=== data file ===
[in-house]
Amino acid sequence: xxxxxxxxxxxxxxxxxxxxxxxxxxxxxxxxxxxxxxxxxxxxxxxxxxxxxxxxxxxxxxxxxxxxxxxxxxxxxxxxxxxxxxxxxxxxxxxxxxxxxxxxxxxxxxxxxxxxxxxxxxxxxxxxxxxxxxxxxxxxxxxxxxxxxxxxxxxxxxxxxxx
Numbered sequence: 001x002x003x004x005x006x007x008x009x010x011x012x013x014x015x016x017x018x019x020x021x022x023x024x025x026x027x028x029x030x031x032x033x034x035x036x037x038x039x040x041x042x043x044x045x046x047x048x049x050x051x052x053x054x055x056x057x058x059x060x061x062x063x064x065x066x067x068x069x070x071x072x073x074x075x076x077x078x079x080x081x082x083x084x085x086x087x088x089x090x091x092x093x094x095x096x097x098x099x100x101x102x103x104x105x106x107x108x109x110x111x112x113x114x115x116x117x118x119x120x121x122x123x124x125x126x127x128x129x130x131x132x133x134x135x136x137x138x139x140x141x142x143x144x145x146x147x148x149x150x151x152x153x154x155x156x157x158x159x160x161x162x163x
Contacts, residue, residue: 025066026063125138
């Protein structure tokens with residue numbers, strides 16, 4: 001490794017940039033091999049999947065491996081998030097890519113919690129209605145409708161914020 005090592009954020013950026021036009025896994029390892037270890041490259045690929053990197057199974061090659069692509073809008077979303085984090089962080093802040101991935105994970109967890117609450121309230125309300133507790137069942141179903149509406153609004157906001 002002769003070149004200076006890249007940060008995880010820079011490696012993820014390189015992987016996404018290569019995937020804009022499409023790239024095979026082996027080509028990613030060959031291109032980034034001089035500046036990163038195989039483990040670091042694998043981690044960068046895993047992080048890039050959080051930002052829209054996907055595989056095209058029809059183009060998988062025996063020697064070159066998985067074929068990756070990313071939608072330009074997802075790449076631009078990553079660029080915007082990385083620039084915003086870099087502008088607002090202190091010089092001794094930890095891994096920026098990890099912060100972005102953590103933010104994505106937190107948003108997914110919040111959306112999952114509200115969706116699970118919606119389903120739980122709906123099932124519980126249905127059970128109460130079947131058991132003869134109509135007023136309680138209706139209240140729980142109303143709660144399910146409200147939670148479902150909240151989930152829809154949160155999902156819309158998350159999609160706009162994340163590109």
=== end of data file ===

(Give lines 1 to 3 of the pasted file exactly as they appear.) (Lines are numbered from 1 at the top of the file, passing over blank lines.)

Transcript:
[in-house]
Amino acid sequence: xxxxxxxxxxxxxxxxxxxxxxxxxxxxxxxxxxxxxxxxxxxxxxxxxxxxxxxxxxxxxxxxxxxxxxxxxxxxxxxxxxxxxxxxxxxxxxxxxxxxxxxxxxxxxxxxxxxxxxxxxxxxxxxxxxxxxxxxxxxxxxxxxxxxxxxxxxxxxxxxxxx
Numbered sequence: 001x002x003x004x005x006x007x008x009x010x011x012x013x014x015x016x017x018x019x020x021x022x023x024x025x026x027x028x029x030x031x032x033x034x035x036x037x038x039x040x041x042x043x044x045x046x047x048x049x050x051x052x053x054x055x056x057x058x059x060x061x062x063x064x065x066x067x068x069x070x071x072x073x074x075x076x077x078x079x080x081x082x083x084x085x086x087x088x089x090x091x092x093x094x095x096x097x098x099x100x101x102x103x104x105x106x107x108x109x110x111x112x113x114x115x116x117x118x119x120x121x122x123x124x125x126x127x128x129x130x131x132x133x134x135x136x137x138x139x140x141x142x143x144x145x146x147x148x149x150x151x152x153x154x155x156x157x158x159x160x161x162x163x